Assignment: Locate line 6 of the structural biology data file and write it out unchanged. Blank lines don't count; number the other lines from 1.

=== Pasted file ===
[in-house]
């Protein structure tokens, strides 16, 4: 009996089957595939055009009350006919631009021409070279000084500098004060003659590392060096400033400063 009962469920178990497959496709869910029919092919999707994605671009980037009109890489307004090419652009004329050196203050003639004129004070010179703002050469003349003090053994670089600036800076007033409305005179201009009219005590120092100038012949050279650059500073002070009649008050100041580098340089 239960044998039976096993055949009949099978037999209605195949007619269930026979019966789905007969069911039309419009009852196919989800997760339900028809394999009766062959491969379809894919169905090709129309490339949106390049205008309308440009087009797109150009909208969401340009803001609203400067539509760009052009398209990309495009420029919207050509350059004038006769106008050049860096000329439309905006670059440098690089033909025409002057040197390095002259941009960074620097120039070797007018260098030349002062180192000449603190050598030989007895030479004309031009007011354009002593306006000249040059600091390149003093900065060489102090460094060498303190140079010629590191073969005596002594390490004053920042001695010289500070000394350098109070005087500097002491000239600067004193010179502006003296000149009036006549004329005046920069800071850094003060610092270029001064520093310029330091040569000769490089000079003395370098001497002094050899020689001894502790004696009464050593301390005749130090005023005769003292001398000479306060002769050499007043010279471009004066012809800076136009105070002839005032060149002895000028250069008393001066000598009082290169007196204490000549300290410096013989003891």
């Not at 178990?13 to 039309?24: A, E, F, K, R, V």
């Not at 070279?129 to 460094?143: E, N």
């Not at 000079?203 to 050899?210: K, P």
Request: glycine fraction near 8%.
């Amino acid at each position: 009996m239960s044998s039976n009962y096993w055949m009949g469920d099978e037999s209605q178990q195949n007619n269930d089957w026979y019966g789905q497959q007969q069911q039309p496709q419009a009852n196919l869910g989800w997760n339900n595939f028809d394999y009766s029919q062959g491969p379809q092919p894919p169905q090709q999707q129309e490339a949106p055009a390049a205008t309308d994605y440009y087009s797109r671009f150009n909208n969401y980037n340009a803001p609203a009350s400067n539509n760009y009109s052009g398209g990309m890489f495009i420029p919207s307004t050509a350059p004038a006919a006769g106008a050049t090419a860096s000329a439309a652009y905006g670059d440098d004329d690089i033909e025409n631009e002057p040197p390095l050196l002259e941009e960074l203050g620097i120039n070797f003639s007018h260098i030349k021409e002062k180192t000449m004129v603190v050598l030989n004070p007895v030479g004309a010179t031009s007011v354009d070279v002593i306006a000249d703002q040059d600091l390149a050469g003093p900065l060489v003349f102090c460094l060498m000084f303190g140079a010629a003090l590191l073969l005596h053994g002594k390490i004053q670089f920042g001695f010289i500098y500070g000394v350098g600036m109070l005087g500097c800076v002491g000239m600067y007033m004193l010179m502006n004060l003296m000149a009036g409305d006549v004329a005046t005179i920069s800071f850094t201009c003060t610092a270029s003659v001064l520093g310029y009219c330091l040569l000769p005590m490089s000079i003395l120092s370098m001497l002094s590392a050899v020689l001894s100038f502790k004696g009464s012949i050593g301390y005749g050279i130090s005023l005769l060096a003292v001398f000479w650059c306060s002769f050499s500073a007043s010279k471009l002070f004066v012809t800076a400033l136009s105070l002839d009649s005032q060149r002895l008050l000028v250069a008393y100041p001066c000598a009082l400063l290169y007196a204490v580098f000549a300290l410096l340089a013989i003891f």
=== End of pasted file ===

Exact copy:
Request: glycine fraction near 8%.